Visualizing Presidential Campaign Spending Using Augmented Reality
We designed Pay to Play as a way to look back on the record amount of money spent by Democratic candidates that had ended their bids in the summer of 2020. We also included how much several Republican contenders in the 2016 presidential election spent on their campaigns as another comparison. We designed this experience to visualize our internal discussions and the conversations happening in the U.S. during this tumultuous time, and in doing so we wanted to answer the question: “What else could we have done with that money?”
Throughout the 2020 election cycle, one thing that stood out to our team was the record amount of spending. With the added economic pressures on American families due to coronavirus and the current volatile international economy, we believed the relationship between money and politics was worth exploring. This project considers the disconnect between the monetary impact of the political process and the needs of everyday Americans.
How It Works
Using the WebAR experience, users can compare campaign spending amounts from the top seven Democratic candidates who spent the most on their presidential run, as well as the top seven Republican candidates from the 2016 presidential election. The experience has different “common good” filters and each “common good” filter has been paired with a representative 3D object that will fill the space with the appropriate scaled number of objects. With each selection, the data will simultaneously update in the upper left corner.
Experience It Yourself
All About Scale
We found that much of the challenge of this project was using AR in a way that was accessible to as many people as possible while still maintaining the core identity of the project — using numerical scale as a way to evoke a reaction from the user. Rendering any 3D model in a web browser can be a taxing operation. Rendering thousands of them would tax a smartphone’s hardware to the point of in-usability. We ended up approaching this by leaning into the idea of scale: we didn’t need exacting detail if the idea was to overwhelm the user with a huge pile of items; we just needed enough to make it clear what each item was.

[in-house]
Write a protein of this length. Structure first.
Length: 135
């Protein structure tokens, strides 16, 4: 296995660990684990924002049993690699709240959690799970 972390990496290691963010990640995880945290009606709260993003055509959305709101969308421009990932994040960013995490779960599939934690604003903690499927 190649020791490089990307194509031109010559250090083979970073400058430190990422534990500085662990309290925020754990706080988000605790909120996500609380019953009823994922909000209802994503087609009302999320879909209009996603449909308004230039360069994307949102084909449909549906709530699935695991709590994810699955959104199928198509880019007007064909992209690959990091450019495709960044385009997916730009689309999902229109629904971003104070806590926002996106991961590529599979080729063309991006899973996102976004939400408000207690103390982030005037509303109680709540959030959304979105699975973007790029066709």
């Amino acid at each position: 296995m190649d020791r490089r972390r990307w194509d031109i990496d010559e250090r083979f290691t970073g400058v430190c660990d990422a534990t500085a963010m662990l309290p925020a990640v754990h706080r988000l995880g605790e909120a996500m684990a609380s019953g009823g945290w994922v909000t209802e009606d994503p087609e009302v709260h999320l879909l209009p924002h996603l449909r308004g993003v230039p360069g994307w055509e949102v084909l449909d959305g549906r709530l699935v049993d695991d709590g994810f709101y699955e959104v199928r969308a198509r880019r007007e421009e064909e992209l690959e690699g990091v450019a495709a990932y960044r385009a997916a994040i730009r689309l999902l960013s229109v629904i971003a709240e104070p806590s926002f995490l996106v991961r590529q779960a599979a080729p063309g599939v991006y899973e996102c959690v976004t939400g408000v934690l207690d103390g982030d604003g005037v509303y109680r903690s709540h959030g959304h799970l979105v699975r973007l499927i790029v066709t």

The Build, 3D Modeling, and Optimization
We found that the best way to offer an immersive extended reality experience, while still offering relevant information and options to a user, is to combine the XR portion with a heads-up display that lies on top without obstructing the view. As such, this project could immediately be divided into two parts: building the HUD and coding the 3D model portion. We used A-Frame, a 3D framework built on Three.js and HTML, to bridge the gap.
Why Use Augmented Reality?
Using augmented reality for data visualization allows for emotional reactions from the user. This experience showcases the immensity of campaign spending by using cascading scaled objects that fill the users view, as though it could overflow from the screen at any moment. This experience was created using 8th Wall, which meant decreasing file size and the number of objects rendered was important for optimizing load time. To speed up load time and allow for easier comparison, the number of objects was scaled. While AR can make data more manageable for users, it can also create emotional connections through hands-on participation with the product.